Let me explain the standard fuzz in a few lines: in the background, what statisticians have is a parametric family of probability distributions $$\{\Bbb P_\theta : \theta \in \Theta\}$$. You don't know the law of the random variables at hand; they can be anything depending on what the parameter $$\theta$$ is. Goal of a statistician is to guess what the distribution is from the experiments. Remember throughout that $$\theta$$ is unknown, varying in the parameter-space $$\Theta$$.

Let's say as a simplifying assumption that the range of the probability distribution is all of $$\Bbb R$$, and let's also assume these are absolutely continuous. If one does $$n$$ experiments, the results are the random variables $$X_1, \cdots, X_n \sim \Bbb P_\theta$$. The join vector $$(X_1, \cdots, X_n)$$ is something in the Euclidean space $$\Bbb R^n$$. This is the space of all possible results of $$n$$ experiments. A statistic is pretty much just a measurable function $$T : \Bbb R^n \to \Bbb R$$. I find it convenient to think of it as a partition of the space of results of $$n$$ experiments, $$\Bbb R^n$$, into a continuum of subsets $$\{T^{-1}(r) : r \in \Bbb R\}$$. A foliation in the geological sense if you wish (to a differential geometer, a foliation means something a bit more specific).

The varying probability distributions $$\Bbb P_\theta$$ can be thought of as a heat-distribution on $$\Bbb R^n$$. The law of $$(X_1, \cdots, X_n)$$ is $$\Bbb P_\theta^{\otimes n}$$, of course, so one can imagine that an evolution of a heat distribution on $$\Bbb R^n$$ with time $$\theta$$; at time $$\theta = \theta_0$$, some places are "hotter", aka there's more probability for the results of the $$n$$ experiments to land there, as opposed to other places which are "colder", which are sort of outlier regions for the result of the experiments. The heat diagram at time $$\theta = \theta_0$$ is the same as what simulation of the results of the $$n$$ experiments for the parameter $$\theta = \theta_0$$ would give.

On thing to note is that the $$T$$ associates to each leaf $$T^{-1}(r)$$ the number $$r$$. So our decomposition has moreover a value associated to each leaf; $$T(X_1, \cdots, X_n)$$ is the random variable which picks out a leaf at random according to the law of $$\Bbb P_\theta$$ (by picking a point at random from $$\Bbb R^n$$ according to $$\Bbb P^{\otimes n}_\theta$$, and then picking the unique leaf which passes through it, in case this is still unclear), and spits out the value of that leaf. To a mathematician, this is a probability distribution on a "space of leaves", $$\Bbb R^n/T$$ given by collapsing each leaf $$T^{-1}(r)$$ down to a point. Once again, $$\theta$$ is varying, so it is an evolution happening on the leaf space as well. The expected value $$\Bbb E_\theta[g(T(X_1, \cdots, X_n))]$$ is the expected value of the leaf, with respect to the probability-distribution on the leaf space induced from $$\Bbb P_\theta$$. So you can consider it to measure the "expected leaf".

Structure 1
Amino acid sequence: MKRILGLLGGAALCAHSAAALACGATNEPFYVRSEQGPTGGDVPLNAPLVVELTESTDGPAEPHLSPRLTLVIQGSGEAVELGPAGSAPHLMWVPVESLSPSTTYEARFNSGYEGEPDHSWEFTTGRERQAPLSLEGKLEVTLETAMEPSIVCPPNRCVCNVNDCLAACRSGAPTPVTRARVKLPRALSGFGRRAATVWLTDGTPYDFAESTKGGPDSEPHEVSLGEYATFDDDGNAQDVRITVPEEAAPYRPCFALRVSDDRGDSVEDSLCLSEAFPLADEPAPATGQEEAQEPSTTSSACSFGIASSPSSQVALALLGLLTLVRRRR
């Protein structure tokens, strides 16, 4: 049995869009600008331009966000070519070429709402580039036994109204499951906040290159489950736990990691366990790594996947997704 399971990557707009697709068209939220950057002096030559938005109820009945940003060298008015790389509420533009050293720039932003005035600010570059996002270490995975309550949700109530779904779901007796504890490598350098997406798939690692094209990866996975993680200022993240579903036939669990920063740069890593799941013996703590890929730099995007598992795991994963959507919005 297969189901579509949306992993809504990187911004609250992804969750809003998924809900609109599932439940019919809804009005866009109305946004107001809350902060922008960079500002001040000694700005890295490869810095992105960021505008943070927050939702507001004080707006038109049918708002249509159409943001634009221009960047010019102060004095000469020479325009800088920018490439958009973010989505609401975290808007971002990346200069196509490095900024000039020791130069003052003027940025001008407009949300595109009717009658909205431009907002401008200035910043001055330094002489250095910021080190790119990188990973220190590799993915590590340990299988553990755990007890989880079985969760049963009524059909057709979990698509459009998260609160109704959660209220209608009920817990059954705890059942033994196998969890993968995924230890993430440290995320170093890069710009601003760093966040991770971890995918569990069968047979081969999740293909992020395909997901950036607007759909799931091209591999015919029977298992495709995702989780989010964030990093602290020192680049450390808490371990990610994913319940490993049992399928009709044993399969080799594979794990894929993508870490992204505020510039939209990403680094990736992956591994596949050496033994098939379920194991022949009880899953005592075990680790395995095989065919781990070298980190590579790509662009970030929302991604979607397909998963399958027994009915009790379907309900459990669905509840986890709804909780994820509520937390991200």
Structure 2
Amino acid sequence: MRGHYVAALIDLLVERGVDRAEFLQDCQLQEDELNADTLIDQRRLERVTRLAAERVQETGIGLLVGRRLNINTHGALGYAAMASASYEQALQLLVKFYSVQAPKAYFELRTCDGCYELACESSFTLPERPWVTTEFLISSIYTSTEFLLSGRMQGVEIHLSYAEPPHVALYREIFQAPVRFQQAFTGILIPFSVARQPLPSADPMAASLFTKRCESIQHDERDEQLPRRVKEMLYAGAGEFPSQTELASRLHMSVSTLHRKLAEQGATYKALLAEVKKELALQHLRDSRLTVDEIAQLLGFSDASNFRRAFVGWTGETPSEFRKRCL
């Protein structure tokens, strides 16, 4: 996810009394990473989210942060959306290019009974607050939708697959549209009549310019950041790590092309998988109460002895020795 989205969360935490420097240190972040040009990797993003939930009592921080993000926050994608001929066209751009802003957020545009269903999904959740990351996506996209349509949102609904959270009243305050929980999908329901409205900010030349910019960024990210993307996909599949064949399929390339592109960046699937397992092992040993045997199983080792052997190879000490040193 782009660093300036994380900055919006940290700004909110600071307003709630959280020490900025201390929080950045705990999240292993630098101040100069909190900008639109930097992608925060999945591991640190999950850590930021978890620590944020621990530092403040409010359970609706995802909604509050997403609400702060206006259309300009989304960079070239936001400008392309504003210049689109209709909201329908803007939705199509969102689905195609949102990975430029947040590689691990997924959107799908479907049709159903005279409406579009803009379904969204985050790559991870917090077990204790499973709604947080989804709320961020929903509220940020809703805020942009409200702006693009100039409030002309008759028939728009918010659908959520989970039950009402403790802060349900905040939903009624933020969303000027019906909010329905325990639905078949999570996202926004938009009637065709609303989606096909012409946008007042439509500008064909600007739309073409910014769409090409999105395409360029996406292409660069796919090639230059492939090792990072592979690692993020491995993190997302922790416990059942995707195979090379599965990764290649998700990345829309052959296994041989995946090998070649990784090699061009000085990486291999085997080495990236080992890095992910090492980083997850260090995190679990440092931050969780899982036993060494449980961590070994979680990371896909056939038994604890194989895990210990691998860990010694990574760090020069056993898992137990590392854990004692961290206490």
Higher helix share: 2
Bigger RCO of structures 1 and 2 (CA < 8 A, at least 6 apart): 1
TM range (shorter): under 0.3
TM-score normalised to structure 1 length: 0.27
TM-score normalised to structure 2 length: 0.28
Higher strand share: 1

Here's an immediate application of these intuitive ideas: What is a sufficient statistic? Recall the partition $$\Bbb R^n = \bigsqcup_{r \in \Bbb R} T^{-1}(r)$$ Sufficiency demands that $$T(X_1, \cdots, X_n)$$ is independent of $$\theta$$; this is the same thing as saying that the heat evolution on $$\Bbb R^n$$ does not evolve on $$T^{-1}(r)$$'s for $$r \in \Bbb R$$. On the plaques or leaves of the "foliation", you cannot detect any change in the heat distribution as $$\theta$$ varies; indeed, the way heat evolves is if the leaves $$\{T^{-1}(r) : r \in \Bbb R\}$$ come closer, or move further. This "foliation" is the contour plot of the heat evolution! Another way to state it is $$\Bbb P_\theta$$ is completely determined by the induced distribution on the leaf space $$\Bbb R^n/T$$; there is no information "along the leaves", only "transverse to the leaves".

It's trickier to understand what completeness means. If $$g : \Bbb R \to \Bbb R$$ is another measurable function, then $$g \circ T : \Bbb R^n \to \Bbb R$$ is a new statistic, obtained from scrambling the values of the statistic $$T$$ by $$g$$ (this scrambling is not too drastic, in other words it's a measurable scrambling). The new decomposition is

$$\Bbb R^n = \bigsqcup_{r \in \Bbb R} T^{-1}(g^{-1}(r))$$

This is obtained from the old decomposition by simply collecting some of the leaves of the older foliation into a fat leaf of the new foliation. In other words, $$T^{-1}(g^{-1}(r))$$ is a union of the $$T^{-1}(s)$$, $$s \in g^{-1}(r)$$. Alternatively the leaf space $$\Bbb R^n/g \circ T$$ is a further quotient of $$\Bbb R^n/T$$.

Completeness is the same as saying that unless $$g \circ T \equiv c$$ is a constant a.e., i.e., the new scrambled foliation is the trivial one (if $$T \equiv \mathrm{const}.$$, what's the foliation corresponding to $$T$$ of $$\Bbb R^n$$?), one can find $$\theta_0 \in \Theta$$ such that expected leaf at $$\theta = \theta_0$$ has some value other than $$c$$. The expected leaf cannot have the same value throughout the heat-evolution; the value (i.e., the statistic $$T$$ or $$g \circ T$$ after scrambling) is supposed to capture something about the change of the heat-distribution, in expectation. That's all.

Here's another way to write down the definition of completeness:

Let $$X$$ be a random variable from a family parametrised by $$\theta \in \Omega$$, where $$\Omega$$ is some parameter space. We say that the random variable $$T = T(X)$$ is a complete statistic for $$\theta$$ if for any measurable function $$h$$ we have $$E(g(T)) \quad \forall \theta \in \Omega \implies P(g(T) = 0) = 1$$

In particular, this expectation is taken with respect to the distribution of $$T$$. The reason $$\theta$$ appears as a subscript in your definition is because $$T$$ depends on $$X$$, whose distribution in turn depends on the value of $$\theta$$.